GINA isn’t perfect. As my colleague Sarah Zhang noted, it didn’t cover life insurance or education. “But at least it offered people some sense of safety—and that safety net may disappear,” says Alondra Nelson, a sociologist from Columbia University. “GINA is the ethical infrastructure that we need if we’re to make any advances for genetic research. Without it, we’re in the wilderness.”
All of this is happening at a crucial inflection point in modern genetics. Direct-to-consumer genetic tests are increasingly popular. Advocacy groups have argued that patients and research volunteers should have full access to their genetic data. And researchers are looking to set up larger and more ambitious studies. “At the same time that All of Us is talking about a visionary way of enrolling people into a large-scale research study, suddenly this bill appears,” says Robert Green from Brigham and Women's Hospital. “It’s a terrible irony, and it’s clearly going to hurt research writ large.”
His worry is that people will be less likely to agree to any form of sequencing if there’s a risk that their data can be used against them. Those risks are already a significant deterrent. Green’s team is running two large studies to see if genomics can help to guide the medical care of adults and babies. In both cases, between 15 and 20 percent of people who initially express interest eventually decide not to enroll specifically because they fear insurance discrimination. Another 25 percent or so decline because they’re worried about the privacy of their data.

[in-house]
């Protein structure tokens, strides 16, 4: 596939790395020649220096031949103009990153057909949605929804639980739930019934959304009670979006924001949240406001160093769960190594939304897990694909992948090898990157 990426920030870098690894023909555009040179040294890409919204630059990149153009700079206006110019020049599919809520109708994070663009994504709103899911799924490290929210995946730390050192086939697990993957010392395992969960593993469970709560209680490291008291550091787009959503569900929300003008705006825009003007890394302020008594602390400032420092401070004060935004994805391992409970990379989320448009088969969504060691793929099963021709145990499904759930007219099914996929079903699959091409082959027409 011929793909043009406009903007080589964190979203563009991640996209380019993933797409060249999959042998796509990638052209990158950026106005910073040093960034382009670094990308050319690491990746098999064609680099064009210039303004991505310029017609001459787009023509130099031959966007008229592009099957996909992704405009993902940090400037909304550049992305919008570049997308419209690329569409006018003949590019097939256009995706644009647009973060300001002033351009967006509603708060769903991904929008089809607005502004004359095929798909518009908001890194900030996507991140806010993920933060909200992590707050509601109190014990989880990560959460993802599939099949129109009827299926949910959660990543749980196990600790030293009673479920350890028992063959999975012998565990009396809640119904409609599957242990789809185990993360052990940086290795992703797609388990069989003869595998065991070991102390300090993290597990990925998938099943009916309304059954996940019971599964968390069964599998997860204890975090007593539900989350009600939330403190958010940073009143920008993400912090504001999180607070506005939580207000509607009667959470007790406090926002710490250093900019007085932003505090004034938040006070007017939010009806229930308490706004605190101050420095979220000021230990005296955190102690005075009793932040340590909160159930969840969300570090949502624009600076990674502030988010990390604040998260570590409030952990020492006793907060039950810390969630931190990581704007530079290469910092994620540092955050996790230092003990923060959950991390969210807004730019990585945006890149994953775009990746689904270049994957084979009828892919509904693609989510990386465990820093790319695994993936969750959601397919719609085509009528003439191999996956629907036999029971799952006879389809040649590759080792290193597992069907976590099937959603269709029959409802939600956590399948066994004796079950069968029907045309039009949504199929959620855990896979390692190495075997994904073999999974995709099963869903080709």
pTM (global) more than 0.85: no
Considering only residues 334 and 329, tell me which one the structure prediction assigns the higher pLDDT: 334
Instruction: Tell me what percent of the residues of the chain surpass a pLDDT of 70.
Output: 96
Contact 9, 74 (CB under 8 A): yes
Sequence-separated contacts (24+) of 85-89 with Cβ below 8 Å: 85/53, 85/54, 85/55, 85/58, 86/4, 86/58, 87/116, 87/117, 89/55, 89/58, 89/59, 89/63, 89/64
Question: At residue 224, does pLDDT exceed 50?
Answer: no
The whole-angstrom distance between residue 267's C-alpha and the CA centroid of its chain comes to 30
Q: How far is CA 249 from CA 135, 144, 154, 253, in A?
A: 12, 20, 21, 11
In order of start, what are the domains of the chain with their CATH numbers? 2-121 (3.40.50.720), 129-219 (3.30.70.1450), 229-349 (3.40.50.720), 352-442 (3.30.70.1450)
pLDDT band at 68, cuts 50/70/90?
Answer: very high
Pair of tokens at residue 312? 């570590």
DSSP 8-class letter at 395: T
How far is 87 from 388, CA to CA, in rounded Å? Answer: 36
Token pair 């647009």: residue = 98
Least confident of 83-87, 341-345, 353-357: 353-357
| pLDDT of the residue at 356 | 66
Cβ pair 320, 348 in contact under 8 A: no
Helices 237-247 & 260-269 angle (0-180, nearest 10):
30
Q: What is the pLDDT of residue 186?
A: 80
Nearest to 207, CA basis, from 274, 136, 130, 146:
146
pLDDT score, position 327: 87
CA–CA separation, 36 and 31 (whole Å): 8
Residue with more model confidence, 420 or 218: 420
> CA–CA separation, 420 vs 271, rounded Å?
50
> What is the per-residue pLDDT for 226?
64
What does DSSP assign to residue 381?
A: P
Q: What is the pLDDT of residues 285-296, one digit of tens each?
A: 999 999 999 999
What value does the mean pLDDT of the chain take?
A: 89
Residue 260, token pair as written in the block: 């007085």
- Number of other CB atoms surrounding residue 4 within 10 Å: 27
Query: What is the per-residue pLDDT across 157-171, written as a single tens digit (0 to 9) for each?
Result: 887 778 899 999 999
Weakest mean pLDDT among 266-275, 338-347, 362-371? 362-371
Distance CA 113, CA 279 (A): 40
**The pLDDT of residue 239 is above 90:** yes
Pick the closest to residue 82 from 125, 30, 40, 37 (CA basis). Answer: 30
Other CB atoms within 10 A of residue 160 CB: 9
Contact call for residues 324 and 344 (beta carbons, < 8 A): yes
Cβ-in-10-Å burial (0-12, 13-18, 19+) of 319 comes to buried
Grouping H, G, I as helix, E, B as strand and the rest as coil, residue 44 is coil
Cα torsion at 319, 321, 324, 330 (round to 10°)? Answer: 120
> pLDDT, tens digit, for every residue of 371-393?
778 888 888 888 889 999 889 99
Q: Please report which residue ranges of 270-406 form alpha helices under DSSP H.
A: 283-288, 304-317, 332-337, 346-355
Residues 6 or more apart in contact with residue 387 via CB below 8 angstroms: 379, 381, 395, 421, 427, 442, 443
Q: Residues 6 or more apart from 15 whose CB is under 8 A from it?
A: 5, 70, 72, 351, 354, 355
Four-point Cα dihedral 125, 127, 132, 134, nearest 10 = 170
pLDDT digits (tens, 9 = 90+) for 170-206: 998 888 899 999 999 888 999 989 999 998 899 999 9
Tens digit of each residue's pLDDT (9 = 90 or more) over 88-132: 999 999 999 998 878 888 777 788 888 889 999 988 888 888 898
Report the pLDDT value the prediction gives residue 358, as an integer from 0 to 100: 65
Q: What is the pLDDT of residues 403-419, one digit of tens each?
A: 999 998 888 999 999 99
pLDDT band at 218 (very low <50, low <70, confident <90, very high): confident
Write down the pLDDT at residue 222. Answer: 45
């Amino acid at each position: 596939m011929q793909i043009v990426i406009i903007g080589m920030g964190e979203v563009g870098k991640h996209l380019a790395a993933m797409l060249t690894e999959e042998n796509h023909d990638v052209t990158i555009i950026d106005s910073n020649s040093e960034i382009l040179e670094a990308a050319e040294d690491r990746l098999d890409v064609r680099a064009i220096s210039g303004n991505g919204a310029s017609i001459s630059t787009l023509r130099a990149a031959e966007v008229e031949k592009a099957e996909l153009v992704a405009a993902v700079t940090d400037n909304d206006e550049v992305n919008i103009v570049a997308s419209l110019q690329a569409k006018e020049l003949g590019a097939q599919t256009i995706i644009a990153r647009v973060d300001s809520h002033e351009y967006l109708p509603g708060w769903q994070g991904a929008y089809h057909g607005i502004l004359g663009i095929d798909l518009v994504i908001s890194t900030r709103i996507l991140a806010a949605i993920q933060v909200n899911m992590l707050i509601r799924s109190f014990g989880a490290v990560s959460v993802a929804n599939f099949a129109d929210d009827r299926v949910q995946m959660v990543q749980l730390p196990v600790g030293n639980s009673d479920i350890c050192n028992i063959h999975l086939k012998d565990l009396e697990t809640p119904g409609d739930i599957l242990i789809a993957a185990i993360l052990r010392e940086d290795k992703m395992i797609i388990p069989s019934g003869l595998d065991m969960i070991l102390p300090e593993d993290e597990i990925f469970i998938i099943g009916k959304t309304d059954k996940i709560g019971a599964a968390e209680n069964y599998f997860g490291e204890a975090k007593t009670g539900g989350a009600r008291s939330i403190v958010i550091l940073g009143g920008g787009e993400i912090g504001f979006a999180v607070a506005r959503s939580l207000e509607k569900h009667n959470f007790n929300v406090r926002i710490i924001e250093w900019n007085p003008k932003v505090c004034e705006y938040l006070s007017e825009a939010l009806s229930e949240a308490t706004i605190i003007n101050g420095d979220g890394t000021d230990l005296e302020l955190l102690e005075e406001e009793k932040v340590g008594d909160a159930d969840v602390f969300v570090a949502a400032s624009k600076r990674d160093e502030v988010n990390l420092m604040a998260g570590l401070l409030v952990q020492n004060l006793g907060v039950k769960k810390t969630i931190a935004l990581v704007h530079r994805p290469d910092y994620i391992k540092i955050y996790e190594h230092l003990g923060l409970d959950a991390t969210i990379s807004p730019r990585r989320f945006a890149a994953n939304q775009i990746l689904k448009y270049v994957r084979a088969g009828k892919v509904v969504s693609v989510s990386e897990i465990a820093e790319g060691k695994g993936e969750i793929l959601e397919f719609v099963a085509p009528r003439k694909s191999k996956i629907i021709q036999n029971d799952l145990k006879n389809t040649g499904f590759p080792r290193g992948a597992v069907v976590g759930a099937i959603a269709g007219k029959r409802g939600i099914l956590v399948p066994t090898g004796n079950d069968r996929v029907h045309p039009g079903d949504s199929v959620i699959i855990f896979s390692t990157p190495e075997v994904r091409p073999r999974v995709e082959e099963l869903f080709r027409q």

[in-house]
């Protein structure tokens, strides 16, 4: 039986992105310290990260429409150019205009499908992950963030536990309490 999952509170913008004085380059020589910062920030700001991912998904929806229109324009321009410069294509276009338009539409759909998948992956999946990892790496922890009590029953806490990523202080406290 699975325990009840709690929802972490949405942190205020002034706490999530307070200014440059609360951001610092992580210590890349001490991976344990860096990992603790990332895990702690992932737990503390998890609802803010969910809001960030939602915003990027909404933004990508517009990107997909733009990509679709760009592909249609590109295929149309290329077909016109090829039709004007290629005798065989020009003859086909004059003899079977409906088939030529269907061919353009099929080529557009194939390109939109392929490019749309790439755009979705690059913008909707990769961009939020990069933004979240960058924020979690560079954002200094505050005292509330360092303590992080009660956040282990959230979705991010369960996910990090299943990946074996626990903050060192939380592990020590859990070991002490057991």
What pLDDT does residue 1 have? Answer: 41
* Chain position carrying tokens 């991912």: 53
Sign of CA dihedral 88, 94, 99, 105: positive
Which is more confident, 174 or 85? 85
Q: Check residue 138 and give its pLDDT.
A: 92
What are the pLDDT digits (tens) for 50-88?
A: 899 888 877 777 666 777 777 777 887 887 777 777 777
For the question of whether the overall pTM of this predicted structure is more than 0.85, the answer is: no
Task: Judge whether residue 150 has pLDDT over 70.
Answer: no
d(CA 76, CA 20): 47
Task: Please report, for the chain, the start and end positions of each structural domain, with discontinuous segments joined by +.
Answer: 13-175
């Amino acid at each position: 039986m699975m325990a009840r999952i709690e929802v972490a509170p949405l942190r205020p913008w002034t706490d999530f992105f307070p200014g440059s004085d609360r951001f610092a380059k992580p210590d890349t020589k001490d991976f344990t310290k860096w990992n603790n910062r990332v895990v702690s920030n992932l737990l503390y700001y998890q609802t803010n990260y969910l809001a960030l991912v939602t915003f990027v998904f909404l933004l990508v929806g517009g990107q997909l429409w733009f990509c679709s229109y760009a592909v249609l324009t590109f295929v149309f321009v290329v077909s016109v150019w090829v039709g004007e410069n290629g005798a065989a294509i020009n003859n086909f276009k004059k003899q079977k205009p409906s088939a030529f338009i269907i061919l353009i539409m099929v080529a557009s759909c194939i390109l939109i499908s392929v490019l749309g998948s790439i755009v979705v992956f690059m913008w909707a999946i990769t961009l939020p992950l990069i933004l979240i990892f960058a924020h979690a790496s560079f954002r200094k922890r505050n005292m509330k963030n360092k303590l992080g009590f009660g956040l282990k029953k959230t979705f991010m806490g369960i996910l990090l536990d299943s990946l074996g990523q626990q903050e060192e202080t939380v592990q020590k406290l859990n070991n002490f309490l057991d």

If GINA protections fall, the reticence will rise—and reasonably so. “Even when GINA wasn’t under attack, it was difficult for researchers to allay the concerns that people had,” says Wagner. But the new bill “creates a context where it makes it hard to even articulate what the risks of participation are.”